For the eighth consecutive time, GLC Europe is organising the HR Minds Forum, which will be an ideal opportunity to learn and discover new strategies for better Employer Branding.
The 8th HR Minds Employer Branding Forum will happen on 28-29 September in Berlin: at this event Rachel Osikoya, Head of Diversity and Inclusion of Maersk Group will address on how to build Diversity and Inclusion into the Talent Cycle. Rachel will share her experiences at Danish conglomerate Maersk that has been the largest container ship and supply vessel operator in the world since 1996.
We have asked Rachel few questions about her presentation topic at the 8th HR Minds Employer Branding Forum and her point of view on the future of the HR industry.
What will be the main learning outcome of your presentation for the audience?
I intend to increase the participants’ understanding of the current diversity and inclusion challenges faced by global organizations and potential ways to address them within talent cycle, from attraction to retention.
What are the major challenges faced by HR Industrialists when it comes to managing diversity and increasing inclusion?
There are many, many challenges faced by HR professionals when it comes to managing diversity and increasing inclusion. Diversity is complex and subjective, however, in summary there are some major challenges:
- Gender: the biggest challenge I foresee for gender lies within education systems (this is for those countries where an equal percentage of girls have access to education as boys). With fewer girls entering into the Science, Technology, Engineering, and Mathematics (STEM) subjects than boys, this has a long term impact on their career options and on companies who operate in these industries being able to attract. The future landscape is technology, we should be encouraging schools to include this as a mandatory subject just as important as Reading, Writing and Mathematics. For countries where access to education for girls is still a challenge, the biggest threat is within cultural norms where women are expected to stay at home, however more and more young women are starting to challenge these norms.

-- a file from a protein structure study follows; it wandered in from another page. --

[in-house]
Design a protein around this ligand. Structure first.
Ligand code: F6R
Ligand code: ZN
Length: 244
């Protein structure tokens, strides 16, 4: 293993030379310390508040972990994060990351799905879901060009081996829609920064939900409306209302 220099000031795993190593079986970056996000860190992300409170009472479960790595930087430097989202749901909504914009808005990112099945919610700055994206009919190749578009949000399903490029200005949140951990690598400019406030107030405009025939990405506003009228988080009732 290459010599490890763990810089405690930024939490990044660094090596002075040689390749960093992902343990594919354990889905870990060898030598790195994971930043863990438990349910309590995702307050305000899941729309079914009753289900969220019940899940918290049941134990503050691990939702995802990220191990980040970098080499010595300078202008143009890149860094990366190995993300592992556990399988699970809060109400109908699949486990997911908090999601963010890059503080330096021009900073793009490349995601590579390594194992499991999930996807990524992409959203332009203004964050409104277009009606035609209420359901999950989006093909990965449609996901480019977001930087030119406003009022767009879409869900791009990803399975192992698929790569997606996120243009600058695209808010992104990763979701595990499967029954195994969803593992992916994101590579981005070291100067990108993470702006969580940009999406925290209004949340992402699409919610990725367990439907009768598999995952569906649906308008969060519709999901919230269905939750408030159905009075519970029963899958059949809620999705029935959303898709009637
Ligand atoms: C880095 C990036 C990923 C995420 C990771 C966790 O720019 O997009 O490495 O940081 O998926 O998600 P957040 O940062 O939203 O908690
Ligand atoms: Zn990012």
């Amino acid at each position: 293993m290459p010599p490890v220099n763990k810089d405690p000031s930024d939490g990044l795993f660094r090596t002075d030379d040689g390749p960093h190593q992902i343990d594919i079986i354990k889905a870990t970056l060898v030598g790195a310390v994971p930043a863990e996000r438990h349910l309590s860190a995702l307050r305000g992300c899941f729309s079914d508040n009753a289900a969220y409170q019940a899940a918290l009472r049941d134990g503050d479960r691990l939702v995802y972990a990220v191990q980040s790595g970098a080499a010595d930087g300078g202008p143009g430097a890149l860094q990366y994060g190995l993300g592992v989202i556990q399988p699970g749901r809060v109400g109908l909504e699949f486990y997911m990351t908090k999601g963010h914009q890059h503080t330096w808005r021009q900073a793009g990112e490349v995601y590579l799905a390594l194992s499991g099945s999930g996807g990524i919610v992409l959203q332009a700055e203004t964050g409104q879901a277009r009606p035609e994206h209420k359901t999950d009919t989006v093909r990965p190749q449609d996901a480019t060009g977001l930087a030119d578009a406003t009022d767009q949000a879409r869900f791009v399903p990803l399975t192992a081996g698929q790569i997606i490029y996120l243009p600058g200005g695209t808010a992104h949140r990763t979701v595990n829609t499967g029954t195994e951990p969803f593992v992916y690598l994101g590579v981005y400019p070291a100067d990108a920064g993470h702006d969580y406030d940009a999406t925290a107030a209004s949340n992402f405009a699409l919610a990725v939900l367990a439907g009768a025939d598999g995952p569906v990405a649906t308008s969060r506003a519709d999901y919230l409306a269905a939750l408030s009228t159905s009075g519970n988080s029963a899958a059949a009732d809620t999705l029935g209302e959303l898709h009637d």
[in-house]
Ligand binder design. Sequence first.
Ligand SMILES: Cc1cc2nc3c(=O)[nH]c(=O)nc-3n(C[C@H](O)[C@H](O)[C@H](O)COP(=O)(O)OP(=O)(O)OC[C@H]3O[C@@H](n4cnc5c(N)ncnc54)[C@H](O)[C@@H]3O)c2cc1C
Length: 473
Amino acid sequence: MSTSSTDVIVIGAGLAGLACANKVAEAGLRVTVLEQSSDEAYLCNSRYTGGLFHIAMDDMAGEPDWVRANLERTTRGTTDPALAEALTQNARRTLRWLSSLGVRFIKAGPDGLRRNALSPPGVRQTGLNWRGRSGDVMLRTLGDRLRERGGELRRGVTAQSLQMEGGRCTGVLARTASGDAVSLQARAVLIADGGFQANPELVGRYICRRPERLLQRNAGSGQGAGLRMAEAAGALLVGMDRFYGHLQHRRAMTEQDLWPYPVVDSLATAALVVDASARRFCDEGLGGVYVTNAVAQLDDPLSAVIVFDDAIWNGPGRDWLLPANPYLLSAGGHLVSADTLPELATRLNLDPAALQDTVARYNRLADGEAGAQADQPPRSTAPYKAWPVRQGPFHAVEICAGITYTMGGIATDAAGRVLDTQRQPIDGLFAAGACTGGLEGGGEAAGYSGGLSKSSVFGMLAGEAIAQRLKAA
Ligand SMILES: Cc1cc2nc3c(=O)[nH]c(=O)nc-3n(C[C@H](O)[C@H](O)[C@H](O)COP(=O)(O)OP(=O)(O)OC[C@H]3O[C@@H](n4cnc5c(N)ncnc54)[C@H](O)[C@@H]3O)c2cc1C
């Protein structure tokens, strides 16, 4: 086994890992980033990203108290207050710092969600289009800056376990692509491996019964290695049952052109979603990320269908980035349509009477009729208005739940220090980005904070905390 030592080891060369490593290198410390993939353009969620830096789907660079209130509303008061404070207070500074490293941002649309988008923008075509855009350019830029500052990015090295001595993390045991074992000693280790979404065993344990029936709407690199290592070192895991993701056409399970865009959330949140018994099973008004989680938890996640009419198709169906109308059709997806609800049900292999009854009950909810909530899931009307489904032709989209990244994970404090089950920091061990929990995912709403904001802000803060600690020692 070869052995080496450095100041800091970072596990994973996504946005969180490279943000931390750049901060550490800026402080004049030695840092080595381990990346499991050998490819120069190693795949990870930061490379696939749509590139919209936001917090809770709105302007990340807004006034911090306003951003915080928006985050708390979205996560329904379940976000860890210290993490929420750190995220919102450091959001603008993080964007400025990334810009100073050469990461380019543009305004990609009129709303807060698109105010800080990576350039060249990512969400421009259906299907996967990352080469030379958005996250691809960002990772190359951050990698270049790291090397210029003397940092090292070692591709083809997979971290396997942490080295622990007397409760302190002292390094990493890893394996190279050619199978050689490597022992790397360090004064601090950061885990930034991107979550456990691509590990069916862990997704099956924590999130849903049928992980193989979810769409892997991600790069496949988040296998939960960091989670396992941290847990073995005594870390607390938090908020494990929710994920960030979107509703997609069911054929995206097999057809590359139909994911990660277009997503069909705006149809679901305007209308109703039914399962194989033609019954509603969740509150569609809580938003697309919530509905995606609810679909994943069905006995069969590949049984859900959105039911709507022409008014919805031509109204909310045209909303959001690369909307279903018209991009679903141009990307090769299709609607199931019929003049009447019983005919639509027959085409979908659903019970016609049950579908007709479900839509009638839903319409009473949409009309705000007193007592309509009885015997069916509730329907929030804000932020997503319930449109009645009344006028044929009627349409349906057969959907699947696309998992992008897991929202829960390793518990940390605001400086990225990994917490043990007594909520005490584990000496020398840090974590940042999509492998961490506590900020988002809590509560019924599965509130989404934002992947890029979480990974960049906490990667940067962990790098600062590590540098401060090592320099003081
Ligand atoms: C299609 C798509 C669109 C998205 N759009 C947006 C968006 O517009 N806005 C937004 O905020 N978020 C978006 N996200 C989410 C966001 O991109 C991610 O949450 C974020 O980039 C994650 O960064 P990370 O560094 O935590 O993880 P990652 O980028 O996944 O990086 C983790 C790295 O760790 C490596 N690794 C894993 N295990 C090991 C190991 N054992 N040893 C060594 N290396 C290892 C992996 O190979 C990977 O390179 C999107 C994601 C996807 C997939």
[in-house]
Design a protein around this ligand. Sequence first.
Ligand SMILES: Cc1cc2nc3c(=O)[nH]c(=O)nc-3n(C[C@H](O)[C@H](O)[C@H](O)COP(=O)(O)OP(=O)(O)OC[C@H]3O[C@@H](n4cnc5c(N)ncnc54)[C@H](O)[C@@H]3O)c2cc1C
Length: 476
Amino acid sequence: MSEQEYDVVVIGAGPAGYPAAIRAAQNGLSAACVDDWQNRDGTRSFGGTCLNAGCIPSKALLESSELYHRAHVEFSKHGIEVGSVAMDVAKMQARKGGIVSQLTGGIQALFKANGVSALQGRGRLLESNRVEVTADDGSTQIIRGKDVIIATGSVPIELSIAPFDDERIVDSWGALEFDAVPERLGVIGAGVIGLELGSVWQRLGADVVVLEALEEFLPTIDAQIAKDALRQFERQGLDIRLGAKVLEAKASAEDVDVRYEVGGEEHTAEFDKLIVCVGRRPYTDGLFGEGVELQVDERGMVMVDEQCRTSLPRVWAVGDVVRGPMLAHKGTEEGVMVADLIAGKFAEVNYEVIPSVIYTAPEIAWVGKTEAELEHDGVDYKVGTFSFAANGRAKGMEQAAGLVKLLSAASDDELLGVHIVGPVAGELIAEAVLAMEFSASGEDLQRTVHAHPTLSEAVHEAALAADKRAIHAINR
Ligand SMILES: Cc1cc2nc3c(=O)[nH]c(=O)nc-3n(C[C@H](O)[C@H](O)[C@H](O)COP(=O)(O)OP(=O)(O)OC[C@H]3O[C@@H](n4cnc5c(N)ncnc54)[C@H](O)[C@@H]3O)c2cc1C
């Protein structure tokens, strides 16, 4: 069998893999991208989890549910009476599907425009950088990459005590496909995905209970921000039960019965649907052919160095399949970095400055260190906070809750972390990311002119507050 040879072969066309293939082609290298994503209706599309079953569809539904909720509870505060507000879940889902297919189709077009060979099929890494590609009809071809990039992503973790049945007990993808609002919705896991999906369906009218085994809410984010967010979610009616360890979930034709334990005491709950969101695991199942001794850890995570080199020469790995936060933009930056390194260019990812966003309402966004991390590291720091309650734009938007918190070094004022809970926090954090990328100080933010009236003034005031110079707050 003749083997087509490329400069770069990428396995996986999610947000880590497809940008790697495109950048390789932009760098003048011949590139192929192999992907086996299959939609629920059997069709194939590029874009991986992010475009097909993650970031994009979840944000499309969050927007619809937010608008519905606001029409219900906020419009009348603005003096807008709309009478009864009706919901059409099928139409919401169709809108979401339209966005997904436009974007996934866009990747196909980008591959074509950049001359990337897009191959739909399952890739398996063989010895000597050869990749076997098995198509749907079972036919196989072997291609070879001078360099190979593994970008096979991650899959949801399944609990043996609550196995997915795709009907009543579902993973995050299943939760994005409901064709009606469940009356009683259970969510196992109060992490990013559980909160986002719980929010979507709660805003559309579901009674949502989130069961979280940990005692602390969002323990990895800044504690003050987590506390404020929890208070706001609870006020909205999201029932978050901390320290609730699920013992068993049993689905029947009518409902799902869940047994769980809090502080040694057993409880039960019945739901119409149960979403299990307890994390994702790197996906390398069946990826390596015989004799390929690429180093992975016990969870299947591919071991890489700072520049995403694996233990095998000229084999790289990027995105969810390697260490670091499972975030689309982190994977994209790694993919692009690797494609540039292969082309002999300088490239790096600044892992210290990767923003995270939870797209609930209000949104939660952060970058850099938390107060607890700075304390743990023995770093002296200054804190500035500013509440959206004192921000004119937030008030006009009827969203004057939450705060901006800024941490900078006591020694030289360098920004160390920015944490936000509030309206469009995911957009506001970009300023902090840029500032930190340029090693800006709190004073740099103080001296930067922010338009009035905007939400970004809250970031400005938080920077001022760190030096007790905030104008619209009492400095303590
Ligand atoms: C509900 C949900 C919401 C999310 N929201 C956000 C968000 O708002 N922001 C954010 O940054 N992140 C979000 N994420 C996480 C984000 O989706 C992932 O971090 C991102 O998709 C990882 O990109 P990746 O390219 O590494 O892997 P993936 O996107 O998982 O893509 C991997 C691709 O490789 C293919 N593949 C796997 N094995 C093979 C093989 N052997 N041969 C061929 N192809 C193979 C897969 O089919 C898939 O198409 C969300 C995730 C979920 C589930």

- Generations: we are still looking at the employee life cycle in many companies in the same way as we did 20 years ago. It is not for me to say whether the research is right or wrong on generational theory but either way, we need to provide more flexible career options where we invest quickly in young talent to accelerate their careers and continue to invest in talent into and beyond the typical retirement age.
- Inclusion: many organisations continue to invest and push more for the diversity of employees than they do for investment in inclusion. Inclusion is difficult to measure and ultimately linked to the culture of the organisation and diversity is more tangible. If you invest in diversity without inclusion, your investment will not be sustainable.
What do you see as the main industry trend for next year?
Organisations will continue to invest in Unconscious Bias Training. It is a good step forward but the missing link is how you start to de-bias decision making across the entire organization, moving on from just people decisions but to business decisions. If organisations can get this right then the culture can start to shift to being more inclusive and innovative.
Participants who join us in Berlin for the 8th HR Minds Employer Branding Forum will be able to listen to real life examples presented by Rachel Osikoya and learn more about current challenges in attracting diverse candidates, the impact it has on employer branding and how companies can drive more inclusive recruitment practices. We look forward to see many passionate HR professionals who strive to create strong employer brands and cultures that are inclusive and innovative.